If your knee is stiff, swollen, or painful, you’ll probably have trouble carrying out daily activities — including standing, walking, and running — and you could be facing the stressful prospect of invasive surgery. At Interventional Orthopedics of Washington, we address knee pain from a holistic perspective, using non-surgical supportive therapies and regenerative medicine to preserve and heal the functional aspects of your knee joint.
Knee Pain Q & A
Why does my knee hurt?
Your knee is a complex joint that’s susceptible to injuries because it has to support much of your body’s weight while moving both back and forth and, sometimes, side to side. Landing wrong after a jump, twisting your knee, and overstressing your knee during sports or other repetitive activities can damage essential knee structures, including:
- Bone (fibula, tibia, femur, and patella)
- Cartilage (meniscus and articular)
- Ligaments (anterior and posterior cruciate; medial and lateral collaterals)
- Tendons (patellar and quadricep)
- Muscles (hamstrings and quadriceps)
- Synovial fluid (a liquid that nourishes the joint)
- Bursa (compartments that reduce friction in the joint)
When your knee is swollen, painful, or stiff you can have difficulty carrying out daily functions, such as standing, sleeping, walking, or running.
What are the risk factors for knee pain?
Engaging in high-impact sports or activities that require jumping, running, or sudden stopping increases your risk of a knee injury. Aging, poor health or repetitive motions such as squatting or kneeling can degrade the knee joint, leading to osteoarthritis or other injuries.
You could also have an underlying medical condition, such as the autoimmune disease lupus or a form of arthritis called gout, that can cause your knee to hurt.
What are the most common injuries that cause knee pain?
Athletes, weekend warriors, and older women and men have a greater risk of knee injuries. Some of the most common sources of knee pain include:
- Injured bones
- Ligament laxity and damage
- Anterior cruciate ligament (ACL) sprains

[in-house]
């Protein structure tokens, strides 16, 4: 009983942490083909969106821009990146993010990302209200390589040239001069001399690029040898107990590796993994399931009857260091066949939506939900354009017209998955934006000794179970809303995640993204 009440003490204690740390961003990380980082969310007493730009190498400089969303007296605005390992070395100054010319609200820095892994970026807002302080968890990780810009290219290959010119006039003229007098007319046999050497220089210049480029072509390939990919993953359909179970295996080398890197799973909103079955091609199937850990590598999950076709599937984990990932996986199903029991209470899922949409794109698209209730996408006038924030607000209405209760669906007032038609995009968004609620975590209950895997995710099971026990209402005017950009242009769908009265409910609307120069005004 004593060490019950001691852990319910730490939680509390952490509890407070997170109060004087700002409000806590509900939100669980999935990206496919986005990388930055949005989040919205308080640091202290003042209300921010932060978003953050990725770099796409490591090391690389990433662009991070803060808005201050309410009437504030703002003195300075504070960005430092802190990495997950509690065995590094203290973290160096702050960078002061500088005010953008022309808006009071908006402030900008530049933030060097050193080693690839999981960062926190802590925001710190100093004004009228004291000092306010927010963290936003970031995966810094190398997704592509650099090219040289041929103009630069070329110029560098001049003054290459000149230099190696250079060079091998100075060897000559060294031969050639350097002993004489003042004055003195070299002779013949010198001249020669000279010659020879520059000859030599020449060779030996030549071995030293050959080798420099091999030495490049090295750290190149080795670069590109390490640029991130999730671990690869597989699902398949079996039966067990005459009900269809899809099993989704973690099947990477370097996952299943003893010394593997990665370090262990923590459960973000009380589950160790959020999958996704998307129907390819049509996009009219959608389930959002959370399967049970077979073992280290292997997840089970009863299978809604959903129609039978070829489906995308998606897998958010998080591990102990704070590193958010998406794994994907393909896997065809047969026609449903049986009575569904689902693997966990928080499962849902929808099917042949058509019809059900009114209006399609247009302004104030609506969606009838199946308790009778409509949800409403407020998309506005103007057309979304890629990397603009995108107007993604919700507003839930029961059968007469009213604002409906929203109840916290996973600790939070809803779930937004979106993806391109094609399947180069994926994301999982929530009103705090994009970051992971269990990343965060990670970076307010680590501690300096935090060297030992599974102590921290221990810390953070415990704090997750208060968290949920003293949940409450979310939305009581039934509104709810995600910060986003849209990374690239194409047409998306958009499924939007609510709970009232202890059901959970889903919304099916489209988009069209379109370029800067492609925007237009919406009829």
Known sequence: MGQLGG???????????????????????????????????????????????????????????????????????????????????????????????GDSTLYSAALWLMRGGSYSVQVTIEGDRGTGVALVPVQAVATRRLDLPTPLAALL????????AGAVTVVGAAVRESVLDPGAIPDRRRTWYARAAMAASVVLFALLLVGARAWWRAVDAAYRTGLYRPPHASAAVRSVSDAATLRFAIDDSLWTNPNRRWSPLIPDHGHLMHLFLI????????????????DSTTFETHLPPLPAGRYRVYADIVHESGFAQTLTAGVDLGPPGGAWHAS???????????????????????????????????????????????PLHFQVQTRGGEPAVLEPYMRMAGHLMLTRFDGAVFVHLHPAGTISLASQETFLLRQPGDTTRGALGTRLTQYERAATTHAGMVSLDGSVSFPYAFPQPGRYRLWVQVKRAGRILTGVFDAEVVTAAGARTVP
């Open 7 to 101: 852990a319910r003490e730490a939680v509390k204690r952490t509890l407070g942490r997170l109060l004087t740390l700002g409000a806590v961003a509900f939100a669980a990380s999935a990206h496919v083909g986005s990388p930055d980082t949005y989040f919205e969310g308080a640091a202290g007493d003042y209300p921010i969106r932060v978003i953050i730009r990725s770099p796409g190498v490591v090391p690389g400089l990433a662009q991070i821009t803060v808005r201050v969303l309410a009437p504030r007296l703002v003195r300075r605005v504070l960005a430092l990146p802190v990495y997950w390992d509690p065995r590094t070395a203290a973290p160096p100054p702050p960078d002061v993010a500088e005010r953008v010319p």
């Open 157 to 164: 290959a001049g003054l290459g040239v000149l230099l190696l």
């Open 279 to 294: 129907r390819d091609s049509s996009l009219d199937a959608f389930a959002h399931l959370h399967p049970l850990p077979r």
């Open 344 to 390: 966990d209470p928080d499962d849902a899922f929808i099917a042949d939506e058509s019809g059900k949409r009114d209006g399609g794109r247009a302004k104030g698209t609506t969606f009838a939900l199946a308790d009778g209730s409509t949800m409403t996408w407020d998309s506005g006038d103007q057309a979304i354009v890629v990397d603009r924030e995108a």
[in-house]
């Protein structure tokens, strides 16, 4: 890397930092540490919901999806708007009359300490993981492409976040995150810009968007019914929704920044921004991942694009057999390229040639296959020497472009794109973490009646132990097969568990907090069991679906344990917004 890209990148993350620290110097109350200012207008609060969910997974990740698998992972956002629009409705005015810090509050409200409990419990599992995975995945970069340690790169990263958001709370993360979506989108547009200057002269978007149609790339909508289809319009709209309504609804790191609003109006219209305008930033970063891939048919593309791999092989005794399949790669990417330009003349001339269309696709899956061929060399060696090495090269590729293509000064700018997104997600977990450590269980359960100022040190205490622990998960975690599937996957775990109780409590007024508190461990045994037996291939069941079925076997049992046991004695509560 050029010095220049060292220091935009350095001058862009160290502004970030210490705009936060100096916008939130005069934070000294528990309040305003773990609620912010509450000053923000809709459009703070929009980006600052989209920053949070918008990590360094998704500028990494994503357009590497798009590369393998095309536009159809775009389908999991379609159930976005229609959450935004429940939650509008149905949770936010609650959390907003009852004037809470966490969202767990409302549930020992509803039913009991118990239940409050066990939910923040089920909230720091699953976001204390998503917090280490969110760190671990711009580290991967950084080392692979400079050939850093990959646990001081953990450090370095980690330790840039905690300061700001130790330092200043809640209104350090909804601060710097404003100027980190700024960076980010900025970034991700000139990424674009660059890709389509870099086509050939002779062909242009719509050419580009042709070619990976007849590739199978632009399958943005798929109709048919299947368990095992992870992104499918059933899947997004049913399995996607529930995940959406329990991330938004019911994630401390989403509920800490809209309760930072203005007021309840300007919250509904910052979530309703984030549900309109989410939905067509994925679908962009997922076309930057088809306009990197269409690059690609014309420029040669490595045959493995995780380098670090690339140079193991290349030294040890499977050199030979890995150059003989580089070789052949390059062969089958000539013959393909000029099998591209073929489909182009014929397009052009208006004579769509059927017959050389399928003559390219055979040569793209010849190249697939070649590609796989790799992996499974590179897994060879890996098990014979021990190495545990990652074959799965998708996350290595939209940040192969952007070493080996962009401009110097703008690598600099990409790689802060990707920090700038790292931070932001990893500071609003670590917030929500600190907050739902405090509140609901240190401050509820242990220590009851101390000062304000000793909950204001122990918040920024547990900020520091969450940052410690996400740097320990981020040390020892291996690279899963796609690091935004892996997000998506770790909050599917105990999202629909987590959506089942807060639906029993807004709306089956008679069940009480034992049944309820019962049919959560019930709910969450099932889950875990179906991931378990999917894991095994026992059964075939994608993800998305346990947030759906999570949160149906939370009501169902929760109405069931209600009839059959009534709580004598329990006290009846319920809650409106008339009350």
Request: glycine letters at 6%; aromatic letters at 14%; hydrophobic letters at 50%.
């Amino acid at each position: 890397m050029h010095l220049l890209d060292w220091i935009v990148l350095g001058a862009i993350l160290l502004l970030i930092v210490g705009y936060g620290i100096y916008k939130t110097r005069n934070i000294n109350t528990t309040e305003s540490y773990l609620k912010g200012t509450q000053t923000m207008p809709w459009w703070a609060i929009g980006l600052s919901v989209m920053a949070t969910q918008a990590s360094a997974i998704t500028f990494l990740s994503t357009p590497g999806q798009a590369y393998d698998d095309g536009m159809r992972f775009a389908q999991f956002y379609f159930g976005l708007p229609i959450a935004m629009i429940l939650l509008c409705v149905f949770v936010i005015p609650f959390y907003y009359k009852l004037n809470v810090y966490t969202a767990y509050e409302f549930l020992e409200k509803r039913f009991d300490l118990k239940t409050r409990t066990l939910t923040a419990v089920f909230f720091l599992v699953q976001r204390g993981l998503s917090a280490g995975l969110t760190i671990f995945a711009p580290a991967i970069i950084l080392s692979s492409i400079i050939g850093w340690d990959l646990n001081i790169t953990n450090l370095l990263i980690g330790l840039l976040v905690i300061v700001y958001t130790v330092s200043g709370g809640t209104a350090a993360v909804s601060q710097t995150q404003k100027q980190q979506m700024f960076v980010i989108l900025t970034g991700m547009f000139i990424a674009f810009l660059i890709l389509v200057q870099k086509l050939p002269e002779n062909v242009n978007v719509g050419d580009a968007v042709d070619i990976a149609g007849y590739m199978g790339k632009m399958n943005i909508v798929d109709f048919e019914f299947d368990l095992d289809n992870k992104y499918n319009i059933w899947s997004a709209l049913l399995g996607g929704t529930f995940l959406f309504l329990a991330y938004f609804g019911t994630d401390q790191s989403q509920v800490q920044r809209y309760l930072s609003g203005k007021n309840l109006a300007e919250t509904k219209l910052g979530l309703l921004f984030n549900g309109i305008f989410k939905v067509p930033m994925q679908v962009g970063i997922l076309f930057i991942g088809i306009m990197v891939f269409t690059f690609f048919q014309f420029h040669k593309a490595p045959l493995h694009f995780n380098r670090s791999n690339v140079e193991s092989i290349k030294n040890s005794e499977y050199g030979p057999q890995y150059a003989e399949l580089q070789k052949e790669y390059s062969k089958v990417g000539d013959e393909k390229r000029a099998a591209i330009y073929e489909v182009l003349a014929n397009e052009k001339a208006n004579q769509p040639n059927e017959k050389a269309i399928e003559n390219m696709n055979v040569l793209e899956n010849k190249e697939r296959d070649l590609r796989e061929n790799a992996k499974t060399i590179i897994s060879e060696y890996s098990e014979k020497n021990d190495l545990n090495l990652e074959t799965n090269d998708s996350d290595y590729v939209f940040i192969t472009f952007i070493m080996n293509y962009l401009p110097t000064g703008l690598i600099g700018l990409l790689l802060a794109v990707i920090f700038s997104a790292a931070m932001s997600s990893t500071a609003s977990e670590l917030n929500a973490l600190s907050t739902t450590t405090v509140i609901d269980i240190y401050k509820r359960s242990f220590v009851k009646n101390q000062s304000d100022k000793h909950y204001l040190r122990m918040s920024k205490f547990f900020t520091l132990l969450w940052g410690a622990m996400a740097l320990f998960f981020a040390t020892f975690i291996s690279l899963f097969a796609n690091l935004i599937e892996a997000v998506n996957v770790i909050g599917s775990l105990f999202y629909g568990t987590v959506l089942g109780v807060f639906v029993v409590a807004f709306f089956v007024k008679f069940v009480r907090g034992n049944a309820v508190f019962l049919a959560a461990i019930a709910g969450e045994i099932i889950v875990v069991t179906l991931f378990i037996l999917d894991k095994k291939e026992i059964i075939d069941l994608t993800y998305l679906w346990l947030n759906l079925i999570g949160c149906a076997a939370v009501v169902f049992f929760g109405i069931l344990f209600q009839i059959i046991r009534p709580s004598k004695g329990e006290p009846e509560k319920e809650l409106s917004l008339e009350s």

- Tendon injuries
- Torn meniscus
A painful knee can throw your entire body out of alignment. Treating your knee pain restores mobility and helps your body to function better.
What options do I have for treating my knee pain?
Dr. Silva customizes your treatment based on precise diagnosis of the source of your knee pain. In addition to supportive therapies, such as bracing and physical therapy, he can recommend injectable regenerative treatments that help you avoid surgery and stimulate healing, such as:
- Platelet-rich plasma therapy (PRP)
- Stem cell therapy
Dr. Silva’s approach is to heal your underlying injury rather than simply mask your pain. As a holistic practitioner, he believes dysfunction in one part of the body can negatively affect your other joints.
Conversely, healing an injury not only restores health to that specific area but can also restore balance and health to your entire body.
To find out how to heal the injury or injuries that are causing your knee pain, contact Interventional Orthopedics of Washington today by phone, or use the “Book Appointment” button.
Arthritis of the Knee
Avascular Necrosis of the Knee
Bone Marrow Edema of the Knee
Patellar Tendinopathy or Tear
Hoffa Fat Pad Inflammation / Effusion
Medial Collateral Ligament Sprain
Medial Meniscal Tear and extrusions
Lateral Meniscal Tear and extrusions
Posterolateral Corner Syndrome
Anterior Cruciate Ligament Sprain or Tear
Posterior Cruciate Ligament Sprain or Tear
Pes Anserine Bursitis
Superficial Infrapatellar Bursitis
Deep Infrapatellar Bursitis
Baker’s Cyst (Popliteal Cyst)
Common Peroneal Nerve Entrapment
Tibiofibular Pain Syndrome
Coronary Ligament Strain
Iliotibial Band Bursitis
Post Surgical Pain
Knee Treatment Areas
Baker’s Cyst Injection and Aspiration (Drainage)
Hoffa Fat Pad Injection and Aspiration (Drainage)
Genicular Nerves (3 Regions)
Common Peroneal Nerve
Patellar Tendon Hydro-Dissection
Hoffa Fat Pad Injection and Drainage
Quadriceps Tendon Lateral Compartment
Medial Intra Articular Compartment
Medial Collateral Ligament
Meniscus Coronal Ligaments
Lateral Collateral Ligament
Lateral Intra Articular Compartment
Distal Iliotibial Band Attachment
Posterior Medial Corner Structures (Meniscus, Pes Anserine Tendons, Meniscus Hamstrings Insertions)
Medial-Lateral Retinaculum and POL (Posterior Oblique Ligament)
Anterior Cruciate Ligament
ACL Replacement Graft (Cadaveric or Autograft)
Posterior Cruciate Ligament
Medial and Lateral Femoral Condyle Intraosseous Access (Inside the Bone)
Medial and Lateral Tibial Intraosseous Access (Inside the Bone)
Treating Around Surgical Hardware
Medial Patellofemoral Ligament of Patella
Lateral Retinaculum of the Patella